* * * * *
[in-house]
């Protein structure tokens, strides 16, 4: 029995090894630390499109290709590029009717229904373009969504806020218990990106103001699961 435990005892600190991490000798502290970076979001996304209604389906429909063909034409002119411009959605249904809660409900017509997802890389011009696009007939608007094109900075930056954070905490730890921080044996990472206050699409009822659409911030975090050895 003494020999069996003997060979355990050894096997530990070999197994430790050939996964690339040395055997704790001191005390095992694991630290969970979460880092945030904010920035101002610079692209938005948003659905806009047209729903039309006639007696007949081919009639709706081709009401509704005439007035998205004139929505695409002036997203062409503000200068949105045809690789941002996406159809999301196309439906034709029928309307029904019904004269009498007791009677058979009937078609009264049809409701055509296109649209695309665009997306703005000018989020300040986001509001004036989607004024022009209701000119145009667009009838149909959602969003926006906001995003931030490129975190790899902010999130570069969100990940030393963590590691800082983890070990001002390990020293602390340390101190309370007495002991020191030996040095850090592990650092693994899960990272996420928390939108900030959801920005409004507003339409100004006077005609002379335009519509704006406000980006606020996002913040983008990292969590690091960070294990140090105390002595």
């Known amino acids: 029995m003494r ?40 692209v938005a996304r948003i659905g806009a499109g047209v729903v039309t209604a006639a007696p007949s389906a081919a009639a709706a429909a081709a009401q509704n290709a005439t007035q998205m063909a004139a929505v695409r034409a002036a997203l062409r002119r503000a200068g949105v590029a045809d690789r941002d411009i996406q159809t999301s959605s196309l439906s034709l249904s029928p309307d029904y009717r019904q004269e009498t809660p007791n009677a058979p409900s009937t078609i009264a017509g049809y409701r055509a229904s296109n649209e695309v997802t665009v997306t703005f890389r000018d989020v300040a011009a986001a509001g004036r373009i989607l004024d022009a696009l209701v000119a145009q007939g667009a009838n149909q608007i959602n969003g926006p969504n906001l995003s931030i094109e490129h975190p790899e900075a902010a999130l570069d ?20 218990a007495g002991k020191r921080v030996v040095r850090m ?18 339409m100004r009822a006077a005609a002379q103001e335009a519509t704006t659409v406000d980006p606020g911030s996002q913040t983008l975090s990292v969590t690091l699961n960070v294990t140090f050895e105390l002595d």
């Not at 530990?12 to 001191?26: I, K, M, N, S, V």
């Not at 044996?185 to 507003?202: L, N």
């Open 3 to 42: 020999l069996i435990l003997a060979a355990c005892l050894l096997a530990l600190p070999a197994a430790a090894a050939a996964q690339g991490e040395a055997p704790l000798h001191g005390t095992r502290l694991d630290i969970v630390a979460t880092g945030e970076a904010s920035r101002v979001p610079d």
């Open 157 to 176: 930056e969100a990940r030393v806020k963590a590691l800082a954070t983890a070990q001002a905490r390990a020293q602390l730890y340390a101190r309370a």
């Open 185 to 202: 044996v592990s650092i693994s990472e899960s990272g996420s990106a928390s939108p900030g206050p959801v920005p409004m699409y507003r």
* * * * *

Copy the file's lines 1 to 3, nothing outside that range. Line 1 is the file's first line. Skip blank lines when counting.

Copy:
[in-house]
């Protein structure tokens, strides 16, 4: 029995090894630390499109290709590029009717229904373009969504806020218990990106103001699961 435990005892600190991490000798502290970076979001996304209604389906429909063909034409002119411009959605249904809660409900017509997802890389011009696009007939608007094109900075930056954070905490730890921080044996990472206050699409009822659409911030975090050895 003494020999069996003997060979355990050894096997530990070999197994430790050939996964690339040395055997704790001191005390095992694991630290969970979460880092945030904010920035101002610079692209938005948003659905806009047209729903039309006639007696007949081919009639709706081709009401509704005439007035998205004139929505695409002036997203062409503000200068949105045809690789941002996406159809999301196309439906034709029928309307029904019904004269009498007791009677058979009937078609009264049809409701055509296109649209695309665009997306703005000018989020300040986001509001004036989607004024022009209701000119145009667009009838149909959602969003926006906001995003931030490129975190790899902010999130570069969100990940030393963590590691800082983890070990001002390990020293602390340390101190309370007495002991020191030996040095850090592990650092693994899960990272996420928390939108900030959801920005409004507003339409100004006077005609002379335009519509704006406000980006606020996002913040983008990292969590690091960070294990140090105390002595």
């Known amino acids: 029995m003494r ?40 692209v938005a996304r948003i659905g806009a499109g047209v729903v039309t209604a006639a007696p007949s389906a081919a009639a709706a429909a081709a009401q509704n290709a005439t007035q998205m063909a004139a929505v695409r034409a002036a997203l062409r002119r503000a200068g949105v590029a045809d690789r941002d411009i996406q159809t999301s959605s196309l439906s034709l249904s029928p309307d029904y009717r019904q004269e009498t809660p007791n009677a058979p409900s009937t078609i009264a017509g049809y409701r055509a229904s296109n649209e695309v997802t665009v997306t703005f890389r000018d989020v300040a011009a986001a509001g004036r373009i989607l004024d022009a696009l209701v000119a145009q007939g667009a009838n149909q608007i959602n969003g926006p969504n906001l995003s931030i094109e490129h975190p790899e900075a902010a999130l570069d ?20 218990a007495g002991k020191r921080v030996v040095r850090m ?18 339409m100004r009822a006077a005609a002379q103001e335009a519509t704006t659409v406000d980006p606020g911030s996002q913040t983008l975090s990292v969590t690091l699961n960070v294990t140090f050895e105390l002595d």